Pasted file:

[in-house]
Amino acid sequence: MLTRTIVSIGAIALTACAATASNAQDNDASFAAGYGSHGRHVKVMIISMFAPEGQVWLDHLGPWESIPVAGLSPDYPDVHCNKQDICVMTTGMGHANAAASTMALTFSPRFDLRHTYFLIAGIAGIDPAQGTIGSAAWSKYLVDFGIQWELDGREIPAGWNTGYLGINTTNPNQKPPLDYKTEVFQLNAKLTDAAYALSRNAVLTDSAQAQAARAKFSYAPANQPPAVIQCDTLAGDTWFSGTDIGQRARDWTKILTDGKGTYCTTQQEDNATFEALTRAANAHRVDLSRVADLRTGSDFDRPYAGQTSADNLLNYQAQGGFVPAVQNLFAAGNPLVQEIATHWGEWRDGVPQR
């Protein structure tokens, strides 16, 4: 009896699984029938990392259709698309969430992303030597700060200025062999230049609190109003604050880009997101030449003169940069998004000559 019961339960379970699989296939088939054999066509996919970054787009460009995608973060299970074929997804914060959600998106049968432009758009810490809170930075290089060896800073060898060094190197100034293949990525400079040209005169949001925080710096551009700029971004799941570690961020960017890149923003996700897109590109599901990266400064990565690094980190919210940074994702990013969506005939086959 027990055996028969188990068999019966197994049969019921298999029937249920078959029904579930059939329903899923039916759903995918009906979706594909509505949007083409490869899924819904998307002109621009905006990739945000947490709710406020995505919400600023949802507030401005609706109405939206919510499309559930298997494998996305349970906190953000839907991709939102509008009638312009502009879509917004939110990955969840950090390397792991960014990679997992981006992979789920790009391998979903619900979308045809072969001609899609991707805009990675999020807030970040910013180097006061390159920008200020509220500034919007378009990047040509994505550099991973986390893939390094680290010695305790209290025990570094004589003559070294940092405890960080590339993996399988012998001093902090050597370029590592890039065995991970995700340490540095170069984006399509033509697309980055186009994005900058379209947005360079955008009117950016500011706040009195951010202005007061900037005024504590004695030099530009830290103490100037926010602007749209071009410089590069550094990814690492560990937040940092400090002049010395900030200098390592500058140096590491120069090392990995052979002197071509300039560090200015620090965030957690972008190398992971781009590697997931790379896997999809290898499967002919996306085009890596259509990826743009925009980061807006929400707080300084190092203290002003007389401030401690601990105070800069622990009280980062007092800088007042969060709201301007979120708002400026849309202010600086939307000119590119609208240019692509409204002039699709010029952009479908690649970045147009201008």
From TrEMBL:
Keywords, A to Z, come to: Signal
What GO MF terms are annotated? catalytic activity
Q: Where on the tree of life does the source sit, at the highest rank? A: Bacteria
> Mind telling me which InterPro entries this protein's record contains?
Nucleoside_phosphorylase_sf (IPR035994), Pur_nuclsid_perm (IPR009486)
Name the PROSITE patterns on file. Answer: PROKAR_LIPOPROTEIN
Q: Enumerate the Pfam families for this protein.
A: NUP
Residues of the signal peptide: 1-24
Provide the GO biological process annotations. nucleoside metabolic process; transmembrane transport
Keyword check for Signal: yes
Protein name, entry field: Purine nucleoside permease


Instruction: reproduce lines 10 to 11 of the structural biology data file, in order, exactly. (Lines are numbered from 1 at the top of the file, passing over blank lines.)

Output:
Name the PROSITE patterns on file. Answer: PROKAR_LIPOPROTEIN
Q: Enumerate the Pfam families for this protein.